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For a healthy gut during holidays, go easy on the sweet stuff

Navigating the holidays healthfully can be tricky. 

Many challenges present themselves: over eating, food cravings, belly bloat, constipation etc. 

One particular issue that often gets overlooked is yeast infections and urinary tract infections (UTIs). During the holidays it is easy for these issues to become a problem in people who are prone to them. With the increase in intake of sugar, alcohol and caffeine, combined with the decrease of water intake,  if you are especially prone to UTIs, you may want to take note of these tips. 

  • Really focus on drinking more water. 

Dehydration is very common in the winter when you stack up the crazy schedules, dry heat from the fire place and the diuretic effect from alcohol and caffeine. 

At parties, drink water first before any other beverage (better yet, drink 16 ounces on your way there). Keep a cup of water or hot herbal tea in your hand while you socialize. 

That way you absent-mindedly sip water instead of beverages that dehydrate (and add pointless calories). 

It might not look as sophisticated to tote water, but your body will thank you later.

  • Include cranberries. Those sour, marble-like berries aren’t just for Thanksgiving or Christmas decorations. They are powerhouses of antioxidants that help the urinary tract, oral cavity and stomach.

It was previously thought that cranberries changed the pH of the urinary tract and killed the bacteria-causing UTIs. Now, however, research confirms that cranberries don’t kill disease-causing bacteria but rather keep them from adhering to urinary tract walls. Other fruit juices, such as apple or grape do not have this effect. 

A daily dose of either a quarter cup whole cranberries (fresh or frozen, preferred), one-fourth of a cup (2 ounces) of 100-percent cranberry juice, or one-third of a cup of dried cranberries can be used to prevent reoccurrence of a UTI. (Do watch out for overdosing on the sugary dried cranberries.  They contain a lot of calories!)

Unless you like sour foods, cranberries might not be up your alley, so you may need to treat them like that nasty cough medicine when you were a kid – ”plug the nose and down it goes!”

  • Try specific probiotics.  The probiotic, Fem Dophilus by Jarrow is a fantastic brand that OBGYNs have recommended to their female patients of all ages. 

After looking into it, I have recommended these to some friends with chronic UTIs and whenever they take them daily, they’ve avoided infections. It is a different story when they go off of them. 

This probiotic is particularly good for prevention of a UTI. (Note: I receive no compensation for my recommendation of this brand. I just recommend what works.)

  • Stay sensible on the sugar. Simply put, refined sugar feeds disease-causing bacteria and yeasts. The less you eat of it, the better off you are in your fight against an active UTI/yeast infection. 

During the holidays I won’t necessarily tell you not to eat sugar at all if you have a UTI or yeast infection (because you do need to live a little, right?), but be very choosy about what sweets you decide to enjoy. Less is always more in this case.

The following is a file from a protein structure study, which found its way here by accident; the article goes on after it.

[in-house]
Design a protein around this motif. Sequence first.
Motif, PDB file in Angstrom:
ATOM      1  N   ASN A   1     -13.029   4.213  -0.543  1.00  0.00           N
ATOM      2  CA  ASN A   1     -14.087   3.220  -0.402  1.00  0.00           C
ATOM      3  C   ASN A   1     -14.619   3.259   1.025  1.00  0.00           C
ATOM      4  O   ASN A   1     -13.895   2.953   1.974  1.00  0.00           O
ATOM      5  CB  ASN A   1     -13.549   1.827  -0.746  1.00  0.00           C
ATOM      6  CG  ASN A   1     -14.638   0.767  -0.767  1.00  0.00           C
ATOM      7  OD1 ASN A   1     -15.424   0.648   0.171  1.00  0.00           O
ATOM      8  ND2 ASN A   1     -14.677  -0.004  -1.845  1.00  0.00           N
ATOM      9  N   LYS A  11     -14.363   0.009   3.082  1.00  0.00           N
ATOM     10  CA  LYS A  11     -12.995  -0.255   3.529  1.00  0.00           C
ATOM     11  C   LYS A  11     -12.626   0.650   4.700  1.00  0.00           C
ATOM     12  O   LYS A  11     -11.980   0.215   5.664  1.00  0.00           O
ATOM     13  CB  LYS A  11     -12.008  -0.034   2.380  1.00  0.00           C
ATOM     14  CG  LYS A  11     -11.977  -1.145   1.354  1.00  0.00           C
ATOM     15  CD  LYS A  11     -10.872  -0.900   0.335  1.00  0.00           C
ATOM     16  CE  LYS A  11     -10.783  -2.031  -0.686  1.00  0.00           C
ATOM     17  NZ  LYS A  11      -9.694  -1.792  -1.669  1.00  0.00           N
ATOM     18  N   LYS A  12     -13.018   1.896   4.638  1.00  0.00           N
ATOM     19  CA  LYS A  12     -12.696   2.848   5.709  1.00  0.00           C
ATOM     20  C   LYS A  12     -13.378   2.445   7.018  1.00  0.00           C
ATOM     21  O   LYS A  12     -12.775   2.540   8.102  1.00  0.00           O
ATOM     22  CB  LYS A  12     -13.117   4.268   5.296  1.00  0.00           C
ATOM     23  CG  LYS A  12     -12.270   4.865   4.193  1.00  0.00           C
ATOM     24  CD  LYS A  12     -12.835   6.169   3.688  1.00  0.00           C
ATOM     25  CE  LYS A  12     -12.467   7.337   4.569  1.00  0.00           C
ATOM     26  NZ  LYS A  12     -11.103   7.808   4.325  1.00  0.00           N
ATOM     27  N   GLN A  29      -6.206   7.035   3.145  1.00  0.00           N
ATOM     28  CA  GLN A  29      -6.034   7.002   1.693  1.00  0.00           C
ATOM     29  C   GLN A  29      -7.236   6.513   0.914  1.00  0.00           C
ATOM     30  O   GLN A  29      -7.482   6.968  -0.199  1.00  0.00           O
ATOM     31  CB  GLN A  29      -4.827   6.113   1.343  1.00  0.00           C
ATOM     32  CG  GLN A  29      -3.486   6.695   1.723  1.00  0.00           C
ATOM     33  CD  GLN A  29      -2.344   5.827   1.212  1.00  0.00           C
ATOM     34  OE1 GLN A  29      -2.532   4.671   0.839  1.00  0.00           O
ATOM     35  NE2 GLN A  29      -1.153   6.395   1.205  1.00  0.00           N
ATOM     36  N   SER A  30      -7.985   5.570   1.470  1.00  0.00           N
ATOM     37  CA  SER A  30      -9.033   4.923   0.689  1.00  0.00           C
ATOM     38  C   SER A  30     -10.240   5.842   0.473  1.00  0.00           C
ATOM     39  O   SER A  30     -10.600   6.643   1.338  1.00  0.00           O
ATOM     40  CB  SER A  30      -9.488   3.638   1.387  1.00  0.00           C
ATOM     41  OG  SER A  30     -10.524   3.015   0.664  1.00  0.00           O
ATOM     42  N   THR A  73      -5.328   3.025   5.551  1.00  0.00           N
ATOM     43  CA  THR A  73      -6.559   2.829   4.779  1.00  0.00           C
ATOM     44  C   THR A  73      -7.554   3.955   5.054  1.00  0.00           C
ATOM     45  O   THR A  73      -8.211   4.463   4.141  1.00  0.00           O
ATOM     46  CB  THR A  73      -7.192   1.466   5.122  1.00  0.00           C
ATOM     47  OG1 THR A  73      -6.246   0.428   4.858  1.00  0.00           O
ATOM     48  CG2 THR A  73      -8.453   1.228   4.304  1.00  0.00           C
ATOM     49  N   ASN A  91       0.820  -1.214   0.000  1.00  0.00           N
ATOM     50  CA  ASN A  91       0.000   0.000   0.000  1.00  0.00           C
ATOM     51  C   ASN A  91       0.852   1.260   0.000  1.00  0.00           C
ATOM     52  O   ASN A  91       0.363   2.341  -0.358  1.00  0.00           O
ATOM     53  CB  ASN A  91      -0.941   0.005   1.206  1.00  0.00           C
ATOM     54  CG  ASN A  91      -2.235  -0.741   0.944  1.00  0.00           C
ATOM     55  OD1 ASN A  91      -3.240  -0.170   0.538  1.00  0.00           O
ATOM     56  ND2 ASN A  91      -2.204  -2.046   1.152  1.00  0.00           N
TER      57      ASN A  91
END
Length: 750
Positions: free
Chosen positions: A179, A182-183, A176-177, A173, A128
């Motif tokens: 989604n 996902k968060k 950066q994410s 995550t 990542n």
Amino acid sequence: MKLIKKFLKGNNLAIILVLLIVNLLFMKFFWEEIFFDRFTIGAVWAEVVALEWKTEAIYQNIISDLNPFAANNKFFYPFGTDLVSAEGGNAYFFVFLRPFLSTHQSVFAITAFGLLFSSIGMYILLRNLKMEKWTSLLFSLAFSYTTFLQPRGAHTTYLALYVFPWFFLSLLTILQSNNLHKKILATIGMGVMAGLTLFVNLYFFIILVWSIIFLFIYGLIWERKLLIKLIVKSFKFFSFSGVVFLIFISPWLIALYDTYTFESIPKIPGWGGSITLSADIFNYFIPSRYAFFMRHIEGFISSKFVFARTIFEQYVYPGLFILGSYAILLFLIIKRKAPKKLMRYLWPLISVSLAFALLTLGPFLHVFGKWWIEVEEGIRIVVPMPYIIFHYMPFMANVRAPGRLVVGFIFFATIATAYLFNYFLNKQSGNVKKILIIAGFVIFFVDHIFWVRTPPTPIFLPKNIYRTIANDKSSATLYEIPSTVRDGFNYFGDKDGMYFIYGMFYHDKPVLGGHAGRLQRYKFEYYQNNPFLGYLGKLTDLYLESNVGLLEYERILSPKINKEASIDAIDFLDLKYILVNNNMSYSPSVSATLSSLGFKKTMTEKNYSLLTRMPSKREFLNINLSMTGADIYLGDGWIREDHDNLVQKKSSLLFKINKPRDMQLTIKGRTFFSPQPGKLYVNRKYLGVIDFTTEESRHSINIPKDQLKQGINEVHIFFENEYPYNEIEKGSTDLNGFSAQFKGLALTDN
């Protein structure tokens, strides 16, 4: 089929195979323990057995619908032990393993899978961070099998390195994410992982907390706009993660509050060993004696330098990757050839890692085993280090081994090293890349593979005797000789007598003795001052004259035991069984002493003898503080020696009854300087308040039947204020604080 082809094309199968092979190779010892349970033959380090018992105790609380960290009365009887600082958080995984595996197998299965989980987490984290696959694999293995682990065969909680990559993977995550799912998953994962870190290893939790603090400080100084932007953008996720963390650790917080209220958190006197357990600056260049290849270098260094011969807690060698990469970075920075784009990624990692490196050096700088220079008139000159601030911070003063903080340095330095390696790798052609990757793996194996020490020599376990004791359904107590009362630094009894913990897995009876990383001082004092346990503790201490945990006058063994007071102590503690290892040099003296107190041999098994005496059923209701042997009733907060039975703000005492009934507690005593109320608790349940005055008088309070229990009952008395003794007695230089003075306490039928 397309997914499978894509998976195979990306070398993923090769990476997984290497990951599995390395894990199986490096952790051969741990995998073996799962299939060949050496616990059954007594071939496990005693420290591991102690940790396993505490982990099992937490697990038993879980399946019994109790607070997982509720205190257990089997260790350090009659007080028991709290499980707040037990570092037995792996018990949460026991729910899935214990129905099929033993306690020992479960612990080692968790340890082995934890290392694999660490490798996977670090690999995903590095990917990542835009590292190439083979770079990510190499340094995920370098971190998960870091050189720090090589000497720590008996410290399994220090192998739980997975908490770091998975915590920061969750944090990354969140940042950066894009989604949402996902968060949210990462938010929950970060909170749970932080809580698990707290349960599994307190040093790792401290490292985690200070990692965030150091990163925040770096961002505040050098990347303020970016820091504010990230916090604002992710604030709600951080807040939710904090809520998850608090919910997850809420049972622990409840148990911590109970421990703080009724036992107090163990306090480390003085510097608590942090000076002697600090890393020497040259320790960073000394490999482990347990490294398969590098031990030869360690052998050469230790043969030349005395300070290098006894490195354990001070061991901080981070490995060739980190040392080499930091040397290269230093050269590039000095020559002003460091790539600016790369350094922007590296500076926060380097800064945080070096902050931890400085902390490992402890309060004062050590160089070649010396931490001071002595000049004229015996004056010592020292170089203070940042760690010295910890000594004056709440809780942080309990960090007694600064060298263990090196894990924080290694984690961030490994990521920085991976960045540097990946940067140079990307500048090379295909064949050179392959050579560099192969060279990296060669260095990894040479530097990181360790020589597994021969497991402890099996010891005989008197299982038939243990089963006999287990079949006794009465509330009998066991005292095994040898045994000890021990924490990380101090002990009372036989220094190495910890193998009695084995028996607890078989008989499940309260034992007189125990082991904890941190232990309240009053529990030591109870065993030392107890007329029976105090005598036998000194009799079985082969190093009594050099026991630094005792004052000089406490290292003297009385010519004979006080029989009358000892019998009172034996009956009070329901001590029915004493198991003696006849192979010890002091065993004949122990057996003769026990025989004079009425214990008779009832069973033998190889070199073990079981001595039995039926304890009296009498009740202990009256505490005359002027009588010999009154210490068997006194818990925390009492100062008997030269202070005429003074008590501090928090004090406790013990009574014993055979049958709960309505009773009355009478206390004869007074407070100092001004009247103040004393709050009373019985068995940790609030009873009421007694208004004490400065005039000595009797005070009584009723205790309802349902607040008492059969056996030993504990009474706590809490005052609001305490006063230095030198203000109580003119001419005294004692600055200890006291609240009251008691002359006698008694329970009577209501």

Below are two recipes to try this holiday depending on if you want to include those good-for-you cranberries or to use up your winter squash in a sweet dish.

Enjoy! And happy 2018!

Maple Cranberry Brussels Sprouts Recipe


1 1/2 lbs brussels sprouts

3 tbsp avocado oil

2 tbsp dried rosemary

1/2 tsp sea salt

1/4 tsp ground black pepper omit for AIP

227 g fresh cranberries

3 tbsp maple syrup (Grade C)


Preheat your oven to 400F

Trim the stems off of the Brussels sprouts and cut them in half

Add the cut Brussels sprouts to a bowl and add all the ingredients (except the maple syrup) and stir well to combine

Spread the Brussels sprouts and cranberry mix onto a baking sheet, in a single layer

Bake for 15 minutes

Remove from oven and add the maple syrup, and stir well to combine

Return the pan to the oven and bake for an additional 10-15 minutes (until as crisp as you like)

Remove from the oven

Serve and enjoy!

– Originally from Pure & Simple Nourishment

While this recipe doesn’t have cranberries originally in it, it still is a seasonal recipe that is perfect for using up that winter squash you may be wondering what you are going to find uses for. (Dried cranberries would add eye-catching color on the top as a garnish. )

Simple Butternut Squash Souffle 


1 medium butternut squash

4 egg yolks

1/2 cup milk (coconut milk is a creamy milk alternative)

Salt to taste

Pepper to taste

4 egg whites


Preheat oven to 350 degrees F.

Grease and flour (try arrowroot starch if gluten-free) a casserole or souffle dish.

Poke the squash all over and microwave for 15-20 minutes, or until tender. (or cut in half and cook for 6 minutes on Manual, High heat in the Instant Pot)

Let cool a bit, cut in half, scoop out seeds, and scoop flesh into a food processor.

Add the egg yolks, milk, salt, and pepper to the food processor.

Process until smooth. Transfer to a large mixing bowl.

Whip the egg whites until stiff.

Fold the egg whites into the squash.

Transfer to the soufflé dish.

Bake for 40-50 minutes

– Original recipe by Heather Reslinger of Create Delicious

Cathryn Arndt is a Registered Dietitian Nutritionist (RDN) and owns a nutrition counseling business called The Pantry Lab LLC.  She lives in the Lebanon area with her husband and baby daughter.  To learn more about Cathryn, visit her Facebook page or You Tube Channel by searching under “Dietitian Cathryn.” Find her blog at thepantrylab.com